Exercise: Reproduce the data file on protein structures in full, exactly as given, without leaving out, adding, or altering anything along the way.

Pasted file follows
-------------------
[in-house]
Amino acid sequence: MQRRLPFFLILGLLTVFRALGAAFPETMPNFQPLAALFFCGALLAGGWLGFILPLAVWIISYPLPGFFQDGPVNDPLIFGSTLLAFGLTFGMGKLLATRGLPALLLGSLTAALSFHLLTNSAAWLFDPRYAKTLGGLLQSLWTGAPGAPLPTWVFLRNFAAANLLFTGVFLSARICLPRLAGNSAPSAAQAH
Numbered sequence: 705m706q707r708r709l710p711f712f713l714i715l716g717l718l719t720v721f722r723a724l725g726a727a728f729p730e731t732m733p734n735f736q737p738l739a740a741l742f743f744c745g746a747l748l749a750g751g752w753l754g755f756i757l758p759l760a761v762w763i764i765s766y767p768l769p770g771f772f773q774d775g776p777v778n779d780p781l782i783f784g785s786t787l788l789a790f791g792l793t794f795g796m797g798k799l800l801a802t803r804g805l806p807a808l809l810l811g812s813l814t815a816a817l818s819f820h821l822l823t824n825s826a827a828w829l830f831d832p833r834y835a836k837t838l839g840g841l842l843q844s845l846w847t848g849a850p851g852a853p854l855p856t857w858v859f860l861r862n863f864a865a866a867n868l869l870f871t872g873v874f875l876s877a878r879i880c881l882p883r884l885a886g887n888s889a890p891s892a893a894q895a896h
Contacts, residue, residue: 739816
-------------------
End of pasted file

[in-house]
Amino acid sequence: MQRRLPFFLILGLLTVFRALGAAFPETMPNFQPLAALFFCGALLAGGWLGFILPLAVWIISYPLPGFFQDGPVNDPLIFGSTLLAFGLTFGMGKLLATRGLPALLLGSLTAALSFHLLTNSAAWLFDPRYAKTLGGLLQSLWTGAPGAPLPTWVFLRNFAAANLLFTGVFLSARICLPRLAGNSAPSAAQAH
Numbered sequence: 705m706q707r708r709l710p711f712f713l714i715l716g717l718l719t720v721f722r723a724l725g726a727a728f729p730e731t732m733p734n735f736q737p738l739a740a741l742f743f744c745g746a747l748l749a750g751g752w753l754g755f756i757l758p759l760a761v762w763i764i765s766y767p768l769p770g771f772f773q774d775g776p777v778n779d780p781l782i783f784g785s786t787l788l789a790f791g792l793t794f795g796m797g798k799l800l801a802t803r804g805l806p807a808l809l810l811g812s813l814t815a816a817l818s819f820h821l822l823t824n825s826a827a828w829l830f831d832p833r834y835a836k837t838l839g840g841l842l843q844s845l846w847t848g849a850p851g852a853p854l855p856t857w858v859f860l861r862n863f864a865a866a867n868l869l870f871t872g873v874f875l876s877a878r879i880c881l882p883r884l885a886g887n888s889a890p891s892a893a894q895a896h
Contacts, residue, residue: 739816